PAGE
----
75. 77. Adopting a Transgenic Crop: Marketing Considerations <ul><li>Potential premiums or discounts </li></ul>
  76. 78. Adopting a Transgenic Crop: Marketing Considerations <ul><li>Potential premiums or discounts </li></ul><ul><li>Market segregation costs </li></ul>
  77. 79. Adopting a Transgenic Crop: Marketing Considerations <ul><li>Potential premiums or discounts </li></ul><ul><li>Market segregation costs </li></ul><ul><li>How much premium? </li></ul>
  78. 80. How much premium needed to segregate? <ul><li>Recent Midwest commercial farmer survey (Norm Larson of AFS Services) </li></ul><ul><li>Premium per Bushel </li></ul><ul><li>< $0.10 2% </li></ul><ul><li>$0.10 - $0.20 22% </li></ul><ul><li>$.020 - $0.30 28% </li></ul><ul><li>$0.30 - $0.40 26% </li></ul><ul><li>$0.40 - $0.50 11% </li></ul><ul><li>>$0.50 12% </li></ul>
  79. 81. What does it take to segregate your crop? <ul><li>Seed source </li></ul>
  80. 82. What does it take to segregate your crop? <ul><li>Seed source </li></ul><ul><li>Planting considerations </li></ul>
  81. 83. What does it take to segregate your crop? <ul><li>Seed source </li></ul><ul><li>Planting considerations </li></ul><ul><li>Harvesting considerations </li></ul>
  82. 84. What does it take to segregate your crop? <ul><li>Seed source </li></ul><ul><li>Planting considerations </li></ul><ul><li>Harvesting considerations </li></ul><ul><li>Storage challenges </li></ul>
  83. 85. What does it take to segregate your crop? <ul><li>Seed source </li></ul><ul><li>Planting considerations </li></ul><ul><li>Harvesting considerations </li></ul><ul><li>Storage challenges </li></ul><ul><li>Hauling and shipping </li></ul>
  84. 86. What does it take to segregate your crop? <ul><li>Seed source </li></ul><ul><li>Planting considerations </li></ul><ul><li>Harvesting considerations </li></ul><ul><li>Storage challenges </li></ul><ul><li>Hauling and shipping </li></ul><ul><li>Beyond the farm gate </li></ul>
  85. 87. The Starlink Case <ul><li>Aventis request to EPA- April ’97 </li></ul>
  86. 88. The Starlink Case <ul><li>Aventis request to EPA- April ’97 </li></ul><ul><li>EPA approved- May ’98 for domestic feed and industrial use only </li></ul>
  87. 89. The Starlink Case <ul><li>Aventis request to EPA- April ’97 </li></ul><ul><li>EPA approved- May ’98 for domestic feed and industrial use only </li></ul><ul><li>Grower agreements required </li></ul>
  88. 90. The Starlink Case <ul><li>Aventis request to EPA- April ’97 </li></ul><ul><li>EPA approved- May ’98 for domestic feed and industrial use only </li></ul><ul><li>Grower agreements required </li></ul><ul><li>Acres planted </li></ul><ul><ul><li>2,000 in ’98 </li></ul></ul><ul><ul><li>248,000 in ’99 </li></ul></ul><ul><ul><li>340,908 in ‘00 </li></ul></ul>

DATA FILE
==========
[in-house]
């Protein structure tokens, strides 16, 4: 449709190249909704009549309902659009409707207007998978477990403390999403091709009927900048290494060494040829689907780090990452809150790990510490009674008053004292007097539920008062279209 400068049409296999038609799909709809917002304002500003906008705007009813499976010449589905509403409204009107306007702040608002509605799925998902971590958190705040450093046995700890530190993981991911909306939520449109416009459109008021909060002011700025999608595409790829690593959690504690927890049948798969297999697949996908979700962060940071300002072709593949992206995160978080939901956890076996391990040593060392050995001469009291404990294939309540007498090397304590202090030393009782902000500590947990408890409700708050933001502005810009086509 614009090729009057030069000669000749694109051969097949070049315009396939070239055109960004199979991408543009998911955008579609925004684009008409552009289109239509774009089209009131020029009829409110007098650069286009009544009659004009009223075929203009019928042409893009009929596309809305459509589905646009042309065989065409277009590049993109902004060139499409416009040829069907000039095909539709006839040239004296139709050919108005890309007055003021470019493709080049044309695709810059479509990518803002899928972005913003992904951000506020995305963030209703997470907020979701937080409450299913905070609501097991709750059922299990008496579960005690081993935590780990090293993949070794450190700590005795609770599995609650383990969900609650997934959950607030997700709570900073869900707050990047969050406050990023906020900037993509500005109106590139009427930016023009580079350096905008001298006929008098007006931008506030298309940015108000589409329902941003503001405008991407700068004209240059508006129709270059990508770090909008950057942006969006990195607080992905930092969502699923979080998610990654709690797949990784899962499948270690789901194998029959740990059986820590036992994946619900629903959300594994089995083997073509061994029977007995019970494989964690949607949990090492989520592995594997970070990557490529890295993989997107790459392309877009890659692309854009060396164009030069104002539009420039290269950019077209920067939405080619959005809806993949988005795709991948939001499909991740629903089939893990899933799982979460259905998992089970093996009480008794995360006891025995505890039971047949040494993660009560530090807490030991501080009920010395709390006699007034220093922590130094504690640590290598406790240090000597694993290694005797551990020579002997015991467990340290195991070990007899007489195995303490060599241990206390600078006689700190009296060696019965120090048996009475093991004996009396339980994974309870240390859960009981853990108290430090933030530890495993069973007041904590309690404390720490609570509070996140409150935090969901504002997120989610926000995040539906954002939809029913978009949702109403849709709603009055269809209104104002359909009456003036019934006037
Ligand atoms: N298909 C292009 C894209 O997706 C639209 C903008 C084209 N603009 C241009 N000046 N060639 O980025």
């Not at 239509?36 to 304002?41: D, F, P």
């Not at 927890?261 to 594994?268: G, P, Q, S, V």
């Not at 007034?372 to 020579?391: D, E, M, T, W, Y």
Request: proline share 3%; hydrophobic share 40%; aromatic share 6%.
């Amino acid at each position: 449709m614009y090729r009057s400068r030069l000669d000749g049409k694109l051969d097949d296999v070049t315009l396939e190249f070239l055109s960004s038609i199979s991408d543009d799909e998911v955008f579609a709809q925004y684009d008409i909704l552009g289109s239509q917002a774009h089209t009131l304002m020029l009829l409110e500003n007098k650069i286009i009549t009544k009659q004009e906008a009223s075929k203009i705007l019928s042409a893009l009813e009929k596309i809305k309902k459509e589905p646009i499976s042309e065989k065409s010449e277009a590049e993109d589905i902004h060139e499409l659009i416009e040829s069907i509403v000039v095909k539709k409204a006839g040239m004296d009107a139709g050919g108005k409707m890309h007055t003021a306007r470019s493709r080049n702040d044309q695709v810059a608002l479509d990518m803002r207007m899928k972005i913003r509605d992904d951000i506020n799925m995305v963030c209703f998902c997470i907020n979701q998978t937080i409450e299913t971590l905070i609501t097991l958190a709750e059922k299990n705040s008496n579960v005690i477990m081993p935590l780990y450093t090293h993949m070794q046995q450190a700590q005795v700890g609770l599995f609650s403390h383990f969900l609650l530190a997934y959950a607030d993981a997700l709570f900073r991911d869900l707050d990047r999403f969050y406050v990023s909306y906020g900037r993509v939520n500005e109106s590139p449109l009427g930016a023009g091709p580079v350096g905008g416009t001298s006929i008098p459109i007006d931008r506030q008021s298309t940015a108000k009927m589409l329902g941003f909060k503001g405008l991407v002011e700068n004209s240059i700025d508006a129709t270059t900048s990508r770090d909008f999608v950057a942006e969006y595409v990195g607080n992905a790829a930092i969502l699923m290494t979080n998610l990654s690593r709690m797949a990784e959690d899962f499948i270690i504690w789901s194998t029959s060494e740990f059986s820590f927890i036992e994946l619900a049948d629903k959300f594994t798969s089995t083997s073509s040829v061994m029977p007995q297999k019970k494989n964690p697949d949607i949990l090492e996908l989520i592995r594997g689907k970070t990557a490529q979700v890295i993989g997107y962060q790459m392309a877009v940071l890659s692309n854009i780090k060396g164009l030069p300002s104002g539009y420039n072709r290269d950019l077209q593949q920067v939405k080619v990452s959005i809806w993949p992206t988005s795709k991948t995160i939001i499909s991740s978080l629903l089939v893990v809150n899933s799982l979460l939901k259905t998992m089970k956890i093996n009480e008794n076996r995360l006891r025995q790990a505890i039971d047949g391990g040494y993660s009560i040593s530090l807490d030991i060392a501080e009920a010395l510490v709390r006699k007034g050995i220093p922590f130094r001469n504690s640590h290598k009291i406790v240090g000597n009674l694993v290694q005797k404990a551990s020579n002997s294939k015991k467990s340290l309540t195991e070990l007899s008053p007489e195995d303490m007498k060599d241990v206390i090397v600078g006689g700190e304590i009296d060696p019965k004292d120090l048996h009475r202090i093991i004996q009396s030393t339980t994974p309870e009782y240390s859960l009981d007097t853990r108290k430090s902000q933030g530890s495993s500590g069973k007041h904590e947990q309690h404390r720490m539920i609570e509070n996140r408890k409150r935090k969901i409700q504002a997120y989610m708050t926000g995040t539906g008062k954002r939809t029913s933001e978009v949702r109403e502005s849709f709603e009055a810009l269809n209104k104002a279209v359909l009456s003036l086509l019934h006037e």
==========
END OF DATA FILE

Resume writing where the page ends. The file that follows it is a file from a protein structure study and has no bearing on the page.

89. 91. U.S. Starlink Corn Acres: 2000 <ul><li>Iowa 134,910 </li></ul><ul><li>Nebraska 41,529 </li></ul><ul><li>Minnesota 35,691 </li></ul><ul><li>S.Dakota 34,290 </li></ul><ul><li>Kansas 21,390 </li></ul><ul><li>Illinois 17,466 </li></ul><ul><li>INDIANA 3,564 </li></ul><ul><li>U.S. 340,908 </li></ul>
  90. 92. Indiana Starlink Corn Acres: 2000 <ul><li>La Porte 594 </li></ul><ul><li>Starke 507 </li></ul><ul><li>Marshall 339 </li></ul><ul><li>Knox 288 </li></ul><ul><li>Jasper 279 </li></ul><ul><li>Delaware 189 </li></ul><ul><li>Lake 180 </li></ul><ul><li>Bartholomew 171 </li></ul><ul><li>Owen 141 </li></ul><ul><li>Randolph 108 </li></ul>
  91. 93. The Starlink Case <ul><li>Sept ’00 found in taco shells and recalls initiated </li></ul>
  92. 94. The Starlink Case <ul><li>Sept ’00 found in taco shells and recalls initiated </li></ul><ul><li>Oct ’00 processors stop using Cry9c corn </li></ul>
  93. 95. The Starlink Case <ul><li>Sept ’00 found in taco shells and recalls initiated </li></ul><ul><li>Oct ’00 processors stop using Cry9c corn </li></ul><ul><li>Nov ’00 disruption in grain industry </li></ul>
  94. 96. The Starlink Case <ul><li>Sept ’00 found in taco shells and recalls initiated </li></ul><ul><li>Oct ’00 processors stop using Cry9c corn </li></ul><ul><li>Nov ‘00 disruption in grain industry </li></ul><ul><li>Nov ’00 USDA/Aventis agreement to locate and purchase Starlink corn </li></ul>
  95. 97. The Starlink Case <ul><li>Sept ’00 found in taco shells and recalls initiated </li></ul><ul><li>Oct ’00 processors stop using Cry9c corn </li></ul><ul><li>Nov ’00 disruption in grain industry </li></ul><ul><li>Nov ’00 USDA/Aventis agreement to locate and purchase Starlink corn </li></ul><ul><li>Nov ’00 new data submitted to EPA </li></ul>
  96. 98. The Starlink Case <ul><li>Sept ’00 found in taco shells and recall s initiated </li></ul><ul><li>Oct ’00 processors stop using Cry9c corn </li></ul><ul><li>Nov ‘00 disruption in grain industry </li></ul><ul><li>Nov ’00 USDA/Aventis agreement to locate and purchase Starlink corn </li></ul><ul><li>Nov ’00 new data submitted to EPA </li></ul><ul><li>Dec ’00 report from SAP says “medium risk” with Cry9c and “low probability” of risk to consumers </li></ul>
  97. 99. The Starlink Case <ul><li>Sept ’00 found in taco shells and recall starts </li></ul><ul><li>Oct ’00 processors stop using Cry9c corn </li></ul><ul><li>Nov ‘00 disruption in grain industry </li></ul><ul><li>Nov ’00 USDA/Aventis agreement to locate and purchase Starlink corn </li></ul><ul><li>Nov ’00 new data submitted to EPA </li></ul><ul><li>Dec ’00 report from SAP says “medium risk” with Cry9c and low probability of risk to consumers </li></ul><ul><li>EPA action expected in a few weeks </li></ul>
  98. 100. Questions